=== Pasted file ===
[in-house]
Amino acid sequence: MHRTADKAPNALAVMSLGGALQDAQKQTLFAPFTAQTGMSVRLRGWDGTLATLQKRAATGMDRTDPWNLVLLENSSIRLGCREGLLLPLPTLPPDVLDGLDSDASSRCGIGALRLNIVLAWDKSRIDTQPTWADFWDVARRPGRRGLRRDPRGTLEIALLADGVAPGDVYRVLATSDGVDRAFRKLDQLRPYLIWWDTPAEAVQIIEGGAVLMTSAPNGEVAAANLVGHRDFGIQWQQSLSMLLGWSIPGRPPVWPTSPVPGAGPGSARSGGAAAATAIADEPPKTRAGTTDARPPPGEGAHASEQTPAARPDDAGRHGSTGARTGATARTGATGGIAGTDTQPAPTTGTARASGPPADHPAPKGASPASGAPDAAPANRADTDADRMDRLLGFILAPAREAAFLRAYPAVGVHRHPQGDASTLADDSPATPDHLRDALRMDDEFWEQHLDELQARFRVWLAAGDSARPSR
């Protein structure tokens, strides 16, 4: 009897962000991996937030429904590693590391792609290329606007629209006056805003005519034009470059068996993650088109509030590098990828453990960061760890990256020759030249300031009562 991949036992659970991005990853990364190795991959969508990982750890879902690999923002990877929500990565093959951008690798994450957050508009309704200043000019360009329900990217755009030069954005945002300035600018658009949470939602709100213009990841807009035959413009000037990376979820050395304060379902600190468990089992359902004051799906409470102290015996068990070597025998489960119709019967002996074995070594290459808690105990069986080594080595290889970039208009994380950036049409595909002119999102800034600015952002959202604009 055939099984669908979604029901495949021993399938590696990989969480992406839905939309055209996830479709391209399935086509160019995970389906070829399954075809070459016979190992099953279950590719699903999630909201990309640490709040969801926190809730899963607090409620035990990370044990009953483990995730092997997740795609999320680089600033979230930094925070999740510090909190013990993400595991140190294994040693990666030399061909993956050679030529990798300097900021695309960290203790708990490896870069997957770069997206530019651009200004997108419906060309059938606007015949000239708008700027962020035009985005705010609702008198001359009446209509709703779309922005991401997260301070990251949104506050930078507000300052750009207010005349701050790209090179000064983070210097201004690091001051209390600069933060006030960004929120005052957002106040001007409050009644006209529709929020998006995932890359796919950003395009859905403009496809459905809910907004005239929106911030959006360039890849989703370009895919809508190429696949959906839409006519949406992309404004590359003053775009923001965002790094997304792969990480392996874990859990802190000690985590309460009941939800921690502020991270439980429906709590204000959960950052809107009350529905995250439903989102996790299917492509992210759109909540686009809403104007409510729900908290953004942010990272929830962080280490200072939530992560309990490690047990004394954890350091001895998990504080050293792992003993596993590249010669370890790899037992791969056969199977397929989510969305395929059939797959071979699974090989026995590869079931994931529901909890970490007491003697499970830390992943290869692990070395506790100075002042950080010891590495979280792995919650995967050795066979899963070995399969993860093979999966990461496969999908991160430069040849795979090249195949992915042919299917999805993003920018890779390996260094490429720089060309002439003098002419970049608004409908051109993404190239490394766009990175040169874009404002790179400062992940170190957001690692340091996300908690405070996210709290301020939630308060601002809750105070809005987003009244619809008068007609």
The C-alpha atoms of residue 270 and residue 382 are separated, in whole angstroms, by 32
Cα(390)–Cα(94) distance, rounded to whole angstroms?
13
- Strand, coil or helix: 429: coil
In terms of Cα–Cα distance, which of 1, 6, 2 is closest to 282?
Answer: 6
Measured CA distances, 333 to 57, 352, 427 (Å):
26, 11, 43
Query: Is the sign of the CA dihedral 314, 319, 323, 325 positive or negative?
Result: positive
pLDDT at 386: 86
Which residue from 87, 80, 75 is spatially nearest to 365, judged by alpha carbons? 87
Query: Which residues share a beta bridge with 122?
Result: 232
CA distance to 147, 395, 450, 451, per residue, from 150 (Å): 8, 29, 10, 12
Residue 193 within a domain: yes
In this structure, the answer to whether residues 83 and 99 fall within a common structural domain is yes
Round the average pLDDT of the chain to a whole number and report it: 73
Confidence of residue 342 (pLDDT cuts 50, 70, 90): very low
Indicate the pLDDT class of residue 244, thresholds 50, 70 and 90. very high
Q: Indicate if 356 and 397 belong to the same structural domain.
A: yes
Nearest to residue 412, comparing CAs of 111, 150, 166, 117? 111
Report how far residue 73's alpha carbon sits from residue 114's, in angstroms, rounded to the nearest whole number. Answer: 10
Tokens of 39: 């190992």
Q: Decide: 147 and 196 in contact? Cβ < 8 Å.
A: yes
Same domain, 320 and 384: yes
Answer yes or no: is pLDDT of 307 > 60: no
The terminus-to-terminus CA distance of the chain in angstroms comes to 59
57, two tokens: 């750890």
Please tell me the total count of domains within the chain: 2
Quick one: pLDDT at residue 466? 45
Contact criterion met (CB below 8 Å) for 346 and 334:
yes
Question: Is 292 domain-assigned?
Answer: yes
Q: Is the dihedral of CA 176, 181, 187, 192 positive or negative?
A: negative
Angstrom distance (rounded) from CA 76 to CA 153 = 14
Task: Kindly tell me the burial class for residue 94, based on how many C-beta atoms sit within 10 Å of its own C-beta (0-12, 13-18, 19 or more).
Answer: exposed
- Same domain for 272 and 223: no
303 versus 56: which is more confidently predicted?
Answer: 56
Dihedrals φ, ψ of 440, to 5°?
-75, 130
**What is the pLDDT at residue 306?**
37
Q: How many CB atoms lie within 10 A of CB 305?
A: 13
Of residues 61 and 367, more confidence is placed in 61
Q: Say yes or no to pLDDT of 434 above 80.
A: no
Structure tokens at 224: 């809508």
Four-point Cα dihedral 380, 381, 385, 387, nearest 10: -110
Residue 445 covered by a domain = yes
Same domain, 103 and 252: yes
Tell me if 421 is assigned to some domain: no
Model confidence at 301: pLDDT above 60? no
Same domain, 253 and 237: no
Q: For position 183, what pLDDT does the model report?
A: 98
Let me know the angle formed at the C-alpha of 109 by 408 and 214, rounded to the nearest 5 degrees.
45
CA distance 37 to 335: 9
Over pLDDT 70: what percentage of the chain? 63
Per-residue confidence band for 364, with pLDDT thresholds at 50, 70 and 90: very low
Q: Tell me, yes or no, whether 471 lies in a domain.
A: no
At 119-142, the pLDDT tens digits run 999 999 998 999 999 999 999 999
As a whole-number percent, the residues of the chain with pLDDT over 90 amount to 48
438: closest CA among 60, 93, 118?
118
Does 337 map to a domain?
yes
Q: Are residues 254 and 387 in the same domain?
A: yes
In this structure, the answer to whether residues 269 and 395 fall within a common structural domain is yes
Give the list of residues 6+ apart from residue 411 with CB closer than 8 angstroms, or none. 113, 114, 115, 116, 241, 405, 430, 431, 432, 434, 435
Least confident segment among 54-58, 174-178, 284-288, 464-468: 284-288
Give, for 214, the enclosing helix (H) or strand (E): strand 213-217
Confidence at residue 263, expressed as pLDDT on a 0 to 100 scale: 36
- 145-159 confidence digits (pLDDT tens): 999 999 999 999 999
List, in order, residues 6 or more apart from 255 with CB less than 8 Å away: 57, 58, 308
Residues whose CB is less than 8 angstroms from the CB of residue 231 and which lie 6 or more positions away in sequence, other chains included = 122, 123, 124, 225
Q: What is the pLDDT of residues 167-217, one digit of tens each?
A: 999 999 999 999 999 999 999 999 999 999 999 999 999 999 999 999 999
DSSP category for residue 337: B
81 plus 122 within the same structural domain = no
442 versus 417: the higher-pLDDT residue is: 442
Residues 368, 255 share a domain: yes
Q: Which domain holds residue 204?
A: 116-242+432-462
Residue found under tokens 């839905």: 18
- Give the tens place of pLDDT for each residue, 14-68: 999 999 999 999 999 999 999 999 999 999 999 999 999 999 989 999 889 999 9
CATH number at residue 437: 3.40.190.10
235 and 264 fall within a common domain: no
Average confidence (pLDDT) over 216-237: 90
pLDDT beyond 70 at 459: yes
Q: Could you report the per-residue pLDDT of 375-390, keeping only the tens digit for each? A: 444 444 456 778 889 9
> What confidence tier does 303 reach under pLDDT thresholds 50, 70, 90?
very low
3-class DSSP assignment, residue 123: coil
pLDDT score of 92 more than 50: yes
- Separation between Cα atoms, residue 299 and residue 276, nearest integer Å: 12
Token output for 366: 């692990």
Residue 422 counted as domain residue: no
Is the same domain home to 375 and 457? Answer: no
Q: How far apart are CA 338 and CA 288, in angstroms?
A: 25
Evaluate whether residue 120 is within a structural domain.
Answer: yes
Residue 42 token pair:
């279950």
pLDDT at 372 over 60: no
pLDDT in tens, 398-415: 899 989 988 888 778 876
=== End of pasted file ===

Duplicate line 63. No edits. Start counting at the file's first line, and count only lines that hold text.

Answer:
Model confidence at 301: pLDDT above 60? no